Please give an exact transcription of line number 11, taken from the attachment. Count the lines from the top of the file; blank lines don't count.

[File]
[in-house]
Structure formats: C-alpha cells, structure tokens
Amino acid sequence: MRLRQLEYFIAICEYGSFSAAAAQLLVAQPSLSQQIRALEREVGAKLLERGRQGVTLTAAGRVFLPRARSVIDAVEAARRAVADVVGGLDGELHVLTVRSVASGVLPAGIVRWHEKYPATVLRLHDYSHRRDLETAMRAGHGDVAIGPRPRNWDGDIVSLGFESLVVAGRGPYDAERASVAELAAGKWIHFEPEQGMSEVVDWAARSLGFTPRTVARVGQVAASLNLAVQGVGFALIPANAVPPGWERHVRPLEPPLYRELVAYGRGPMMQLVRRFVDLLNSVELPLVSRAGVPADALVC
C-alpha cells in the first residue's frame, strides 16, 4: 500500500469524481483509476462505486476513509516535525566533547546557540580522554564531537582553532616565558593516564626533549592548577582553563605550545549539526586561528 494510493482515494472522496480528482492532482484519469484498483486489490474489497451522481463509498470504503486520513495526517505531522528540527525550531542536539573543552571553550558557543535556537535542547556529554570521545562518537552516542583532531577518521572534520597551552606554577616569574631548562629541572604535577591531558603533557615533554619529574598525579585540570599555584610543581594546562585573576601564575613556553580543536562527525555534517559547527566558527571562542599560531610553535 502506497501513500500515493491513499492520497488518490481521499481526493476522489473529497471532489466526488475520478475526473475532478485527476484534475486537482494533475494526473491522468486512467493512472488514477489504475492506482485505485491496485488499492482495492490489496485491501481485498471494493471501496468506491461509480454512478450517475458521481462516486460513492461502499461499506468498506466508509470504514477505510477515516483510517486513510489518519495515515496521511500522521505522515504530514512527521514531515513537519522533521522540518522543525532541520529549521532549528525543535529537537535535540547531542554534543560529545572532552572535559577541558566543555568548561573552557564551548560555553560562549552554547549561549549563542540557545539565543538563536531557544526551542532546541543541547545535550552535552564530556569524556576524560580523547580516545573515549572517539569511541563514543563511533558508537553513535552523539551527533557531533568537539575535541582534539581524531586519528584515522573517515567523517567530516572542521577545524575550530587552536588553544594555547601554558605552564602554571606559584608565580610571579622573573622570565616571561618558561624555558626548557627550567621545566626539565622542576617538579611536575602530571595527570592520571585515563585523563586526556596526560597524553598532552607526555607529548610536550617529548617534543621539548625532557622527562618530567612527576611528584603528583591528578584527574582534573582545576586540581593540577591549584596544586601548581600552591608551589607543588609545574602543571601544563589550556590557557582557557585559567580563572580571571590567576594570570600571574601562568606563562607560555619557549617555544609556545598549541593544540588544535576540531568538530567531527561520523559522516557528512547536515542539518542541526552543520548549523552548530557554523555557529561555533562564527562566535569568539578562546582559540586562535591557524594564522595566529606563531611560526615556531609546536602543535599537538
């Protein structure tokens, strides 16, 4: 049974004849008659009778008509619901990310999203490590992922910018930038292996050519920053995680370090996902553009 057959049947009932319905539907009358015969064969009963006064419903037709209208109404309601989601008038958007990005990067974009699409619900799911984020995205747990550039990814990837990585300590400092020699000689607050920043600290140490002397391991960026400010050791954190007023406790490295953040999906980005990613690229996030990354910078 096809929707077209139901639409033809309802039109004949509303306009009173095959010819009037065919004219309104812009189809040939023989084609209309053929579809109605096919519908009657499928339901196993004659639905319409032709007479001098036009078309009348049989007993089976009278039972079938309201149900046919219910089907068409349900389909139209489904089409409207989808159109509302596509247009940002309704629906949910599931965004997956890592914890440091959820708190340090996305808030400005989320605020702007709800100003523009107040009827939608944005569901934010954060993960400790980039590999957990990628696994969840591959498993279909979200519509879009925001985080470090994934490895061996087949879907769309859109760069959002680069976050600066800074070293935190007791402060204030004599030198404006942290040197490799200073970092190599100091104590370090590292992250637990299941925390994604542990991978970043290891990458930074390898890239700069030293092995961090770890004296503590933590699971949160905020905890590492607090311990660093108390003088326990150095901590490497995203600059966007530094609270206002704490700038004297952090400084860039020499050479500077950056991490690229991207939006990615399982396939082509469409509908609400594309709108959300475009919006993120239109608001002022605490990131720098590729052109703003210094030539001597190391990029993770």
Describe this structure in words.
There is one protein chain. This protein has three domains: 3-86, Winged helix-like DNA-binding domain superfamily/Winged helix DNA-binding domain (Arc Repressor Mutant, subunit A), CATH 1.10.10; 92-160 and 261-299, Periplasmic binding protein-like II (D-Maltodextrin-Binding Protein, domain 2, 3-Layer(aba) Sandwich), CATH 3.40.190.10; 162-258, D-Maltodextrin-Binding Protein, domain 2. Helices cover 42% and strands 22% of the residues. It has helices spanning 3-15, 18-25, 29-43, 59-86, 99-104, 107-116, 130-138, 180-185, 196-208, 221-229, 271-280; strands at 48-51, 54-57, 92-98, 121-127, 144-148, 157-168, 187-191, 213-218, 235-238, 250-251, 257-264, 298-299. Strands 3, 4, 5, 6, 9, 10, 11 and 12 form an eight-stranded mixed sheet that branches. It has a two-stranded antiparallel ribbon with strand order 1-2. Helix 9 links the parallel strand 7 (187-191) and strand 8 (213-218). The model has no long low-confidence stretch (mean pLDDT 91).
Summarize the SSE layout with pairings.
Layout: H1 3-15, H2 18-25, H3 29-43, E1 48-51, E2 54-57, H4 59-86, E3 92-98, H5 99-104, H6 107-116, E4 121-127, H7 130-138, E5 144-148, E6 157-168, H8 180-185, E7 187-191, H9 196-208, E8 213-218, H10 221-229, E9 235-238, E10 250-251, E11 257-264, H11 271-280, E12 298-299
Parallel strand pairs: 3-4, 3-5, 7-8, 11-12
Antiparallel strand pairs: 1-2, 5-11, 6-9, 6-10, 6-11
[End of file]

Antiparallel strand pairs: 1-2, 5-11, 6-9, 6-10, 6-11